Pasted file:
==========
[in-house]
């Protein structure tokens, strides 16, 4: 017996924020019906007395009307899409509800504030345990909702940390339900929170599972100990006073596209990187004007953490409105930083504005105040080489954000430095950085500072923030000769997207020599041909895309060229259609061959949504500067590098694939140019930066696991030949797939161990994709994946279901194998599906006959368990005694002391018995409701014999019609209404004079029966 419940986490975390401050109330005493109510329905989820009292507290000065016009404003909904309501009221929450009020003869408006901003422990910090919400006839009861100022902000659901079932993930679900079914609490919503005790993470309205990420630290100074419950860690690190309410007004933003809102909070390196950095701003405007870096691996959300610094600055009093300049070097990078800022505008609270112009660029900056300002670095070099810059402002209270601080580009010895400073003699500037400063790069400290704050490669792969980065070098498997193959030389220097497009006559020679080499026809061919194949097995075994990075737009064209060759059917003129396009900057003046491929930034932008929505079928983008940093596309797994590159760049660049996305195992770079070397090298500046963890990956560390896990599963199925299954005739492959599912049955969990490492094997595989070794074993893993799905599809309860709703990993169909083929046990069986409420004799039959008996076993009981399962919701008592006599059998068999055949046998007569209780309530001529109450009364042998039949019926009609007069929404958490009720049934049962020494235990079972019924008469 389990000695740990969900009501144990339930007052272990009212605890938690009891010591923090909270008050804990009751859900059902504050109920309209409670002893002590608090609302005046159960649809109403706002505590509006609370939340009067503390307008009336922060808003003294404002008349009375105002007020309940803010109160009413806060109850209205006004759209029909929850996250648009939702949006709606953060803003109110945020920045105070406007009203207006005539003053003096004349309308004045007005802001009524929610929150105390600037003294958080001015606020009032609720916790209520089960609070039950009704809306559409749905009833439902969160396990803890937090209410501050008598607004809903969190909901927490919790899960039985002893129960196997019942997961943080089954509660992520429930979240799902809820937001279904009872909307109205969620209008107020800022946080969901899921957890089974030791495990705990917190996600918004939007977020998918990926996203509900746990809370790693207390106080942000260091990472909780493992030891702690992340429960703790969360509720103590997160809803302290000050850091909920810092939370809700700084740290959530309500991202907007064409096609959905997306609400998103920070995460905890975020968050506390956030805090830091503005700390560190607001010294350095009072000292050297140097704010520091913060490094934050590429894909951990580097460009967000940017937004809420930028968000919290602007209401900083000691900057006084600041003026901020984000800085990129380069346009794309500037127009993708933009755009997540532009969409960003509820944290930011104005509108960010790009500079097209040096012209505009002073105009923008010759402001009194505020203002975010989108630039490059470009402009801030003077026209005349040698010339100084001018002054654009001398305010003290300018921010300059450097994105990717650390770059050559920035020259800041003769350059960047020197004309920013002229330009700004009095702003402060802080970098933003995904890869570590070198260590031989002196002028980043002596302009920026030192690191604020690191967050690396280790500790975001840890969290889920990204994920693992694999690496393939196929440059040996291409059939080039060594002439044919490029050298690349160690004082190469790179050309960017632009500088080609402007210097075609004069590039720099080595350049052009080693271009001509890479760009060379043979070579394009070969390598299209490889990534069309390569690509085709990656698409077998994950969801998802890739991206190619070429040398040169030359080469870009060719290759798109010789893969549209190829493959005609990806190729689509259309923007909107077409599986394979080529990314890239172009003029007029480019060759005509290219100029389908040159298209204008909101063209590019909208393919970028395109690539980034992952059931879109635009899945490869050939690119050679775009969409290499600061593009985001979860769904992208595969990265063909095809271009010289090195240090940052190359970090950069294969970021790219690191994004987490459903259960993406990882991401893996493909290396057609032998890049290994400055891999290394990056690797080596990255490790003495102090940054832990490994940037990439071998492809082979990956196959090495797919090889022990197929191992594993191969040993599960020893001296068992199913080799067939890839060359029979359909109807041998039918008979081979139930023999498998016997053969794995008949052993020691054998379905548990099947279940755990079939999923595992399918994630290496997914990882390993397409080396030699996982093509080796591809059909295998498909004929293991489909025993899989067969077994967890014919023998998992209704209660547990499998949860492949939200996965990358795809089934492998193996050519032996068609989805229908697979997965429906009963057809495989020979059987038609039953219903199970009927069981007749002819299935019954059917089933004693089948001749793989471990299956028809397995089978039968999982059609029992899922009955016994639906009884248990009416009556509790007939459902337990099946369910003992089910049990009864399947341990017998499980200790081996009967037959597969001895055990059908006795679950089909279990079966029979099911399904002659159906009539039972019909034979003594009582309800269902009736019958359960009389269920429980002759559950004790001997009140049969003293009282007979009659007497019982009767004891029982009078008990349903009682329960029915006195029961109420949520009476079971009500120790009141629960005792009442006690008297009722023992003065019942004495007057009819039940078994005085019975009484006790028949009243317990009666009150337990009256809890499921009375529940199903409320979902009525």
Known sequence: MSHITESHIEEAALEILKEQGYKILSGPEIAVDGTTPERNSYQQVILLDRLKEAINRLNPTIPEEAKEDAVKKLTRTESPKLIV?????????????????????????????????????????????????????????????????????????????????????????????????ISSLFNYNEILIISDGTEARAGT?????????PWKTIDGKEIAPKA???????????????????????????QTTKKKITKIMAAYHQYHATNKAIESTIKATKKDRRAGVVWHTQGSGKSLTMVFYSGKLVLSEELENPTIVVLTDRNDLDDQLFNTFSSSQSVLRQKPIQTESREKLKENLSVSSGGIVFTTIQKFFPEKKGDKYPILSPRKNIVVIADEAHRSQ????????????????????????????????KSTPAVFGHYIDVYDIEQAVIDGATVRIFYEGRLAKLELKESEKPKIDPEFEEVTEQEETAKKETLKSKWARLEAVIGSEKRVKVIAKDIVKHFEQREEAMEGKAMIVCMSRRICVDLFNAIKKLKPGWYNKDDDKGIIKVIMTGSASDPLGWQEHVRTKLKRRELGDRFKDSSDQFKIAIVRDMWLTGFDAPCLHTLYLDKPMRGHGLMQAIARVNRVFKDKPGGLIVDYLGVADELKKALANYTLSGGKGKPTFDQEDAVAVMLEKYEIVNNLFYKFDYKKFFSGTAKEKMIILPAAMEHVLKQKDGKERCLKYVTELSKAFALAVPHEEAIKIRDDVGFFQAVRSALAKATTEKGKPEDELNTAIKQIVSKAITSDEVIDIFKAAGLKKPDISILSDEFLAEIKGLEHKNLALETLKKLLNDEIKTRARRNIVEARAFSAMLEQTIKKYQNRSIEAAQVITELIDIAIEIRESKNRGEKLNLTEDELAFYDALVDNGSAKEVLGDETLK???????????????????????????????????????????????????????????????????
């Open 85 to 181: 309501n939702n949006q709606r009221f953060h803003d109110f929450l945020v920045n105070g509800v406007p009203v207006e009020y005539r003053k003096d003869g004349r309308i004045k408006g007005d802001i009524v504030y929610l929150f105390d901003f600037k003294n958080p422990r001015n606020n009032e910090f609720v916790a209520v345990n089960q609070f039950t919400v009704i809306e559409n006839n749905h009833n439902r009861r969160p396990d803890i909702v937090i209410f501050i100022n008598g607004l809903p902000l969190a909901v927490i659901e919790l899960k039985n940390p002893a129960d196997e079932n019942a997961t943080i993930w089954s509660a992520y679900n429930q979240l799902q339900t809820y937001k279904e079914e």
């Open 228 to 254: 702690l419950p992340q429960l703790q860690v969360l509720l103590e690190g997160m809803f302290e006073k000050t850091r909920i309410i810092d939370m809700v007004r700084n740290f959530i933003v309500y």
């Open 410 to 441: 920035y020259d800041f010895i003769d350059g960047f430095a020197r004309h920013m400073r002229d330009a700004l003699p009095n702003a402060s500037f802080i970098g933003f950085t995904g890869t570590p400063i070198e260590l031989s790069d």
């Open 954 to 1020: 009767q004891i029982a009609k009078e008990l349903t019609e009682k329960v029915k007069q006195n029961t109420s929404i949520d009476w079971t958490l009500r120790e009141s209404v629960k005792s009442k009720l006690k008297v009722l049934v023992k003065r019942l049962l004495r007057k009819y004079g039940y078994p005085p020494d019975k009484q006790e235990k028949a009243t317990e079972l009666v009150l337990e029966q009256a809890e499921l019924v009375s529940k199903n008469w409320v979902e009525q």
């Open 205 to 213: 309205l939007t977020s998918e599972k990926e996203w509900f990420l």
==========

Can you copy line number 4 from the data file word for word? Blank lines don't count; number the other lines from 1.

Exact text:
């Open 85 to 181: 309501n939702n949006q709606r009221f953060h803003d109110f929450l945020v920045n105070g509800v406007p009203v207006e009020y005539r003053k003096d003869g004349r309308i004045k408006g007005d802001i009524v504030y929610l929150f105390d901003f600037k003294n958080p422990r001015n606020n009032e910090f609720v916790a209520v345990n089960q609070f039950t919400v009704i809306e559409n006839n749905h009833n439902r009861r969160p396990d803890i909702v937090i209410f501050i100022n008598g607004l809903p902000l969190a909901v927490i659901e919790l899960k039985n940390p002893a129960d196997e079932n019942a997961t943080i993930w089954s509660a992520y679900n429930q979240l799902q339900t809820y937001k279904e079914e």